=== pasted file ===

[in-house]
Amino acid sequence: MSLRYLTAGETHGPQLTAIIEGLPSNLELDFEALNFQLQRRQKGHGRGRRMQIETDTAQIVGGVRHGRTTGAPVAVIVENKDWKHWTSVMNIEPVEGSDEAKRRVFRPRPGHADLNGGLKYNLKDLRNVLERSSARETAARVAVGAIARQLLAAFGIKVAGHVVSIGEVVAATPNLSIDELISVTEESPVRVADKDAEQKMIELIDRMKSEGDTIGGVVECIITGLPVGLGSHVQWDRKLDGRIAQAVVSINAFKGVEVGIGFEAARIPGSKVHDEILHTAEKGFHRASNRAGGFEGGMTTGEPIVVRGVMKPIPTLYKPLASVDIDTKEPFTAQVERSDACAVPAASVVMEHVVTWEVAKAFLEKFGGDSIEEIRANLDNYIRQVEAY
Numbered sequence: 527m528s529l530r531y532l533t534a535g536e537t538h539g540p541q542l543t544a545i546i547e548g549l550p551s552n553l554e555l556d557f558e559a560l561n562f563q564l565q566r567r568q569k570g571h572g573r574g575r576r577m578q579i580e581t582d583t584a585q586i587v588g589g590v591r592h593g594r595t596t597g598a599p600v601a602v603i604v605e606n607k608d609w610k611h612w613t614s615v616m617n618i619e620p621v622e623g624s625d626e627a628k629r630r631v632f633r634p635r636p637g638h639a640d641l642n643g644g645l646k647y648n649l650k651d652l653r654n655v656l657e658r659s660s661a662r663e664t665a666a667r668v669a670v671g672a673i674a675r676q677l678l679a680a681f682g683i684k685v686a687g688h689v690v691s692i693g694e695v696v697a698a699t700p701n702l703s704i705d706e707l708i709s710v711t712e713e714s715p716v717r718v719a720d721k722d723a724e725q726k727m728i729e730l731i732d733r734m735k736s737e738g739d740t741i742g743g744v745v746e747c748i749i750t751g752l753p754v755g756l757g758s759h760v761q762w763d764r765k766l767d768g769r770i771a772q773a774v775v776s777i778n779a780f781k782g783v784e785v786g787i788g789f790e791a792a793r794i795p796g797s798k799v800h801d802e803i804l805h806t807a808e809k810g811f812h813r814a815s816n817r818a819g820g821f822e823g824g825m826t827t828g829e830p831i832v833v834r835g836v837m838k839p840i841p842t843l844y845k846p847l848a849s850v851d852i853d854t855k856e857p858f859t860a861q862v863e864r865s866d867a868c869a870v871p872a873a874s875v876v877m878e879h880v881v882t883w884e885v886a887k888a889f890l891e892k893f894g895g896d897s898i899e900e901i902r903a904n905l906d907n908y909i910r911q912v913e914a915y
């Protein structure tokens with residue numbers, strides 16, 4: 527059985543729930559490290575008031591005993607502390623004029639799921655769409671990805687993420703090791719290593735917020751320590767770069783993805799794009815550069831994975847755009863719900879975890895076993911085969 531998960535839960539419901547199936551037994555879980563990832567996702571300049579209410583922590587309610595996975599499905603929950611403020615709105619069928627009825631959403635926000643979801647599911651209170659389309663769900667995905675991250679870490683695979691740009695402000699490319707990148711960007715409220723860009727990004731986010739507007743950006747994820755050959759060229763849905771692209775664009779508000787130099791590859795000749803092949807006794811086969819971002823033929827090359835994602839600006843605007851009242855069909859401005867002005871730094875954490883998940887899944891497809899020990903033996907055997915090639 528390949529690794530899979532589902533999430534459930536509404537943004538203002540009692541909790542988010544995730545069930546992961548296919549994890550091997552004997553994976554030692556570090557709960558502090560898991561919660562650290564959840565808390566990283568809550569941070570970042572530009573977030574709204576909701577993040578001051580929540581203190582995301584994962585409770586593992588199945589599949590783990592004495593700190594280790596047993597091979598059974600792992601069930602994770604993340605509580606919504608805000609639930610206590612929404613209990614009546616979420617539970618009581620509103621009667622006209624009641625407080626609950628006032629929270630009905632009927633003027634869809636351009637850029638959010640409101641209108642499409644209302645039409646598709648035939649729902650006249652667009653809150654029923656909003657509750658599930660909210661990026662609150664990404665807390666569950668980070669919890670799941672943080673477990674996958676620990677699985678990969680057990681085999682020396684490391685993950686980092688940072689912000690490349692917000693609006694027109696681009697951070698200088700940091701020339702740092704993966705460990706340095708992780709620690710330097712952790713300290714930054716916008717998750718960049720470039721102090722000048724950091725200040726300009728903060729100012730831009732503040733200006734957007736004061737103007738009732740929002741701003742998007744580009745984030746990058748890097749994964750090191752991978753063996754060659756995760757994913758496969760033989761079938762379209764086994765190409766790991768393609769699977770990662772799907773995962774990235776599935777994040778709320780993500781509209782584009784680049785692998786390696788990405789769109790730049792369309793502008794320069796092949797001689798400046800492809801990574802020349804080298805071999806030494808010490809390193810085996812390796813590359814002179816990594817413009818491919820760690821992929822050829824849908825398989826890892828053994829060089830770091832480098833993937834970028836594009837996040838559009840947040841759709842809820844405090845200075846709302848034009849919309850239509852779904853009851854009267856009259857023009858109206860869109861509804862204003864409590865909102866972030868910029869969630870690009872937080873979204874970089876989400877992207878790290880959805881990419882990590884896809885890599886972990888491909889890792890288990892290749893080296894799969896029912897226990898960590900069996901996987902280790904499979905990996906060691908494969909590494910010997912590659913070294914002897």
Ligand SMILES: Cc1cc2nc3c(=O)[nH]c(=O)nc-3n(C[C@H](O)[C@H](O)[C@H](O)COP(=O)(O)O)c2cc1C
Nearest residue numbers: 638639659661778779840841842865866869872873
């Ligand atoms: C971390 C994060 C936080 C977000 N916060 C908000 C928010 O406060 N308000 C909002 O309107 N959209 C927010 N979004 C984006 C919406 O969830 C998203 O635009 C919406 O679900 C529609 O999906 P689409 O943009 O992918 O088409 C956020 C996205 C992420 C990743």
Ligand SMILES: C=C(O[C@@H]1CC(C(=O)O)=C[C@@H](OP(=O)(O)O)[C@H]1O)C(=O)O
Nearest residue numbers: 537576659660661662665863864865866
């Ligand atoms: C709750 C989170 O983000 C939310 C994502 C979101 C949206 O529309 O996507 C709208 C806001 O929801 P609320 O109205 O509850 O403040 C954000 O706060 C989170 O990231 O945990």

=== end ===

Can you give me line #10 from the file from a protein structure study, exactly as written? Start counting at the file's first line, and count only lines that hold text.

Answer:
């Ligand atoms: C709750 C989170 O983000 C939310 C994502 C979101 C949206 O529309 O996507 C709208 C806001 O929801 P609320 O109205 O509850 O403040 C954000 O706060 C989170 O990231 O945990």